Far right to lose its party in EU parliament

Article published on Nov. 12, 2007
community published
Article published on Nov. 12, 2007

This article has not been vetted by an editor at Paris HQ

Alessandra Mussolini’s xenophobia, Croatian integration and EU transparency - the latest from Brussels

Extreme right group loses group status in European parliament

Thanks to Alessandra Mussolini, the extreme right group 'Identity, Tradition, Sovereignty (ITS)' in the European parliament could lose its group status. After a range of xenophobic insults, the former dictator's granddaughter's latest idea was to invite the Romanian ambassador in Italy to leave the country. That was the last straw from the point of view of the Romanians and the five Members of the Greater Romania Party ('Partidul România Mare') announced to leave the group, leaving it with 18 instead of 20 members

European travelling circus

The good news: the reform treaty will be signed on 13 December 2007 in Lisbon. The bad news: the event will take place on the same date as the formal European Council meeting. One could call this handy – heads of state could kill two birds with one stone by saving time and costs. Unfortunately this is not the case, as the first meeting will take place in Lisbon and the second meeting in Brussels. Not only the head of states but also their staff, journalists and other interested parties will have to travel on the same day from Lisbon to Brussels. There may be good reasons for doing so but against the background of climate change and efficient working of the EU institutions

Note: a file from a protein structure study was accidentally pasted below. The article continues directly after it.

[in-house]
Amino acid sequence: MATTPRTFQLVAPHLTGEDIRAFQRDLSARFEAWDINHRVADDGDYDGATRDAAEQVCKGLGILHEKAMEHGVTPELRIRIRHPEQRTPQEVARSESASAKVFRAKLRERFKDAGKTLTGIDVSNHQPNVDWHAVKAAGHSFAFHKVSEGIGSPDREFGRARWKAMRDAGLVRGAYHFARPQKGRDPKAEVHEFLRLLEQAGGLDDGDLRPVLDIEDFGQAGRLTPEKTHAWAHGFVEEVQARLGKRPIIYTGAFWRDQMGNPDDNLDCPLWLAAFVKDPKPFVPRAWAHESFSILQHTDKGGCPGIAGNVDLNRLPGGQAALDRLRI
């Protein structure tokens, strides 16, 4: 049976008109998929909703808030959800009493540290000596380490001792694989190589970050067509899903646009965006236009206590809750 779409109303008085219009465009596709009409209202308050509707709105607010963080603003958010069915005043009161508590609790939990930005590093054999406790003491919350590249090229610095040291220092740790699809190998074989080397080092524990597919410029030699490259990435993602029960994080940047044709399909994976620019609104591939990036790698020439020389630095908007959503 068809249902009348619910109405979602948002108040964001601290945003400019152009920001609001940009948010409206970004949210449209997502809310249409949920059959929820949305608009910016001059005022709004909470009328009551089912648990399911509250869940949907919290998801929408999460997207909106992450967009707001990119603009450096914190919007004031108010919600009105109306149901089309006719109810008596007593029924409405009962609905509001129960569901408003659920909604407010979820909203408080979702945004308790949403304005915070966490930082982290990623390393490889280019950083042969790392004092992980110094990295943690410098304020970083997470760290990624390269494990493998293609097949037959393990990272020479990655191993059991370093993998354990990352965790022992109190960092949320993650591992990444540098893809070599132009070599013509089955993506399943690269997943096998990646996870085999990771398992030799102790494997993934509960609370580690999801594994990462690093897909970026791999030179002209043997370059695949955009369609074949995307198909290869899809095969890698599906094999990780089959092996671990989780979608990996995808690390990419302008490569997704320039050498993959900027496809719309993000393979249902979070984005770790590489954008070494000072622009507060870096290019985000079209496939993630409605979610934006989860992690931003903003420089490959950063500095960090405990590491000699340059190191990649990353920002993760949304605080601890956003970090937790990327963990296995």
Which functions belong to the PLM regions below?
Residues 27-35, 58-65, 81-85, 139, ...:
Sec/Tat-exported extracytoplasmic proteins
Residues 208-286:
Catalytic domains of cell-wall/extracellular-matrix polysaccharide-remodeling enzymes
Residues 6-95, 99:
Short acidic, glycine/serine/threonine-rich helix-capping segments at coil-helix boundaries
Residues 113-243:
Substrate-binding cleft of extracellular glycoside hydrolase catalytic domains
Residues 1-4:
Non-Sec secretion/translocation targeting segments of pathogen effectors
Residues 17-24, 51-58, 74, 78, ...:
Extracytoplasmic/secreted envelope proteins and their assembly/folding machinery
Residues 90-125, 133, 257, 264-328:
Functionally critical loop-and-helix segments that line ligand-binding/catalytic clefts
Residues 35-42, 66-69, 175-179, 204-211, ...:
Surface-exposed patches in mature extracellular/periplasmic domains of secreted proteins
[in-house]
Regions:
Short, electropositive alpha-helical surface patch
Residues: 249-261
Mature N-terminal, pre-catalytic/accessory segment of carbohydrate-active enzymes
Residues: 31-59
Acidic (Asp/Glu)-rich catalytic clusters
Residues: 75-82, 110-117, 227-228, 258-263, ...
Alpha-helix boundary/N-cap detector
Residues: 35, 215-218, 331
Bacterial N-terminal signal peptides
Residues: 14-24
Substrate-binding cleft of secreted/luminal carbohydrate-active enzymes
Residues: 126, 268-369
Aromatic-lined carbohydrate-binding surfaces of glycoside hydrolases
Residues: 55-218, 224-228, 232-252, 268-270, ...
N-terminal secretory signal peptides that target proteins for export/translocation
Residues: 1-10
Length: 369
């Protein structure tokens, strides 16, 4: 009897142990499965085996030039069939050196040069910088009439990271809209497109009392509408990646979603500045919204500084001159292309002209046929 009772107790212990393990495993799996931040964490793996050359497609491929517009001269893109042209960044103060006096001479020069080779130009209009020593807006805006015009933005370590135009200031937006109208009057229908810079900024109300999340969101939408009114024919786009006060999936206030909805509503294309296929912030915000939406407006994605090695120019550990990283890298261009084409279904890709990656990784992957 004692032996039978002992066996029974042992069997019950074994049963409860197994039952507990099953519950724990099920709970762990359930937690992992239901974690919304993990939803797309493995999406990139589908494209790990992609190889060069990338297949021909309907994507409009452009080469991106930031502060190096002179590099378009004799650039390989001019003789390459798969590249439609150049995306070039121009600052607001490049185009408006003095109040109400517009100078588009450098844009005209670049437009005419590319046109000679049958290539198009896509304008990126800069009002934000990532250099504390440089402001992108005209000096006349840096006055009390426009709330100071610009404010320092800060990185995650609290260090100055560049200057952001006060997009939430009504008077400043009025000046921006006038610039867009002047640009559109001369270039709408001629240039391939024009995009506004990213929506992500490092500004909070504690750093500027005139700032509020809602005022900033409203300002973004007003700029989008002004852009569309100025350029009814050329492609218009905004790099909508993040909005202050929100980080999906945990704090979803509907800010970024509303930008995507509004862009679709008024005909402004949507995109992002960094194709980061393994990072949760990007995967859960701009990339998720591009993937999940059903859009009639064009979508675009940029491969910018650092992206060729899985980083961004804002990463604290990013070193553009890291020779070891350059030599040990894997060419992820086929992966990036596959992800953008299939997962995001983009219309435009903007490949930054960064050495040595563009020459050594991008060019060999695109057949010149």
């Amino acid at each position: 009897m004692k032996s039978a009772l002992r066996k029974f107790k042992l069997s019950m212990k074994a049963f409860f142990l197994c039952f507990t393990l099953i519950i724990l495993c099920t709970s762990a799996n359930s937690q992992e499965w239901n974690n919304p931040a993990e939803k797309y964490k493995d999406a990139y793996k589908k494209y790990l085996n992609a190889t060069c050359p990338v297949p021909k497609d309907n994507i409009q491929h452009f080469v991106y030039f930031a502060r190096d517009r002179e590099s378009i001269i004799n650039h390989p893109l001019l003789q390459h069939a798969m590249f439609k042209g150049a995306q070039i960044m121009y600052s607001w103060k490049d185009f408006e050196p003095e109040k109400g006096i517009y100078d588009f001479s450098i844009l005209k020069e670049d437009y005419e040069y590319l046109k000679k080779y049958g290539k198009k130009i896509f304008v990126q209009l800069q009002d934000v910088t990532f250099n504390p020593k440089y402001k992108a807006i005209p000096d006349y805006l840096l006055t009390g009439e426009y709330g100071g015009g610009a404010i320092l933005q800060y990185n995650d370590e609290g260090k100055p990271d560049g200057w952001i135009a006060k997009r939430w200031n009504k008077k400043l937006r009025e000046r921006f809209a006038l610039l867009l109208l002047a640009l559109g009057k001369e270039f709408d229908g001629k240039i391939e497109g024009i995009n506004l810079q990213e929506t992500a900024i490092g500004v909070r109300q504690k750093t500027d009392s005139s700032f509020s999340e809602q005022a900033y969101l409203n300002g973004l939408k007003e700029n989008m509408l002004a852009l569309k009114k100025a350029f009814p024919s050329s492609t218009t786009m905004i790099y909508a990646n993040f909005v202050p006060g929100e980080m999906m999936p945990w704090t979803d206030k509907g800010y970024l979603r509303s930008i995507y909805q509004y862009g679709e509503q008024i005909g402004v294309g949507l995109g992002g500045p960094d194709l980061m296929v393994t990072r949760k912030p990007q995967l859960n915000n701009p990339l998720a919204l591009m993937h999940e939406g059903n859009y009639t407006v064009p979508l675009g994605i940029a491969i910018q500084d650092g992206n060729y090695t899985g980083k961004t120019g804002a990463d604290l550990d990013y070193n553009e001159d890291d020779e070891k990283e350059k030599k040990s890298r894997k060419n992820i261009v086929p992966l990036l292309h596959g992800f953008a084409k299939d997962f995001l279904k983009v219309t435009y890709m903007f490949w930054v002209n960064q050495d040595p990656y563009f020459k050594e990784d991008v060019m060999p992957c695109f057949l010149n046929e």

Future of the European Union: 27 member states + x

The European Union published the progress report on candidate countries Croatia, Former Yugoslav Republic of Macedonia and Turkey. While the first two are doing quite good, the negotiations with Turkey are only slowly making progress. Only four of thirty-three chapters have been opened so far, with eight frozen chapters. The EU states that significant further efforts are needed on freedom of expression and on the rights of non-Muslim religious communities. The Turkish government announced shortly after the publication of the report that they will amend Article 301 of the penal code which has been often used in the past to proceed against writers, journalists and intellectuals such as Hrant Dink. Still a long way to go

EU transparency initiative – the other way around

EU commissioner Franco Frattini has looked towards the EU model in announcing new measures to combat terrorism. He wants to introduce a storage system for air passenger personal information, the 'European PNR'. More frankly he plans to remove the fundamental right of privacy protection for people travelling by plane. PNR covers information like addresses, telephone numbers, credit card details, travel plans etc. Up to now only Denmark, France and the United Kingdom have laws allowing such PNR to be collected

Photos: Alessandra Mussolini (European parliament), European summit in Lisbon 2007 (European Council), Turkish flag (Mentat Kibernes/ Flickr), Franco Frattini (European Commission)